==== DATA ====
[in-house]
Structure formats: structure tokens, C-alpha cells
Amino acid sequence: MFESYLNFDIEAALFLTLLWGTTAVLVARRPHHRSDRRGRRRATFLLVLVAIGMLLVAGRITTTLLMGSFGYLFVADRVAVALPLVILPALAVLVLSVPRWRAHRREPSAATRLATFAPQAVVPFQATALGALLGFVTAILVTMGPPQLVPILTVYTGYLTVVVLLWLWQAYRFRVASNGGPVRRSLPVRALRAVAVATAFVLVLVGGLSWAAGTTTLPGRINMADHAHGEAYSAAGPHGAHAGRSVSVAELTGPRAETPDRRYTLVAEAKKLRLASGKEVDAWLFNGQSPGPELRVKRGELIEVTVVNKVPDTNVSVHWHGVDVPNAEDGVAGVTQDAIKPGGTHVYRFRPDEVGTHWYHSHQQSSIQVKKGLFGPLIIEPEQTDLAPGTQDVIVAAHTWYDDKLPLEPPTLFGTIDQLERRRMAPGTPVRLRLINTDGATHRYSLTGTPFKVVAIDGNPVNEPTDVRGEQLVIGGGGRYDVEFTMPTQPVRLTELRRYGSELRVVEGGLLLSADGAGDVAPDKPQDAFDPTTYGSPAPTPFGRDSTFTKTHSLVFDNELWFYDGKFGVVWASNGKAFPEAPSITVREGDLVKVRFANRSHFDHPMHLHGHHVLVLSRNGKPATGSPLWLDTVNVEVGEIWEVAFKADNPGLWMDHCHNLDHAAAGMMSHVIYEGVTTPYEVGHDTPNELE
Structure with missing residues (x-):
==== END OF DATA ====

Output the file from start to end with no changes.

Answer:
[in-house]
Structure formats: structure tokens, C-alpha cells
Amino acid sequence: MFESYLNFDIEAALFLTLLWGTTAVLVARRPHHRSDRRGRRRATFLLVLVAIGMLLVAGRITTTLLMGSFGYLFVADRVAVALPLVILPALAVLVLSVPRWRAHRREPSAATRLATFAPQAVVPFQATALGALLGFVTAILVTMGPPQLVPILTVYTGYLTVVVLLWLWQAYRFRVASNGGPVRRSLPVRALRAVAVATAFVLVLVGGLSWAAGTTTLPGRINMADHAHGEAYSAAGPHGAHAGRSVSVAELTGPRAETPDRRYTLVAEAKKLRLASGKEVDAWLFNGQSPGPELRVKRGELIEVTVVNKVPDTNVSVHWHGVDVPNAEDGVAGVTQDAIKPGGTHVYRFRPDEVGTHWYHSHQQSSIQVKKGLFGPLIIEPEQTDLAPGTQDVIVAAHTWYDDKLPLEPPTLFGTIDQLERRRMAPGTPVRLRLINTDGATHRYSLTGTPFKVVAIDGNPVNEPTDVRGEQLVIGGGGRYDVEFTMPTQPVRLTELRRYGSELRVVEGGLLLSADGAGDVAPDKPQDAFDPTTYGSPAPTPFGRDSTFTKTHSLVFDNELWFYDGKFGVVWASNGKAFPEAPSITVREGDLVKVRFANRSHFDHPMHLHGHHVLVLSRNGKPATGSPLWLDTVNVEVGEIWEVAFKADNPGLWMDHCHNLDHAAAGMMSHVIYEGVTTPYEVGHDTPNELE
Structure with missing residues (x-):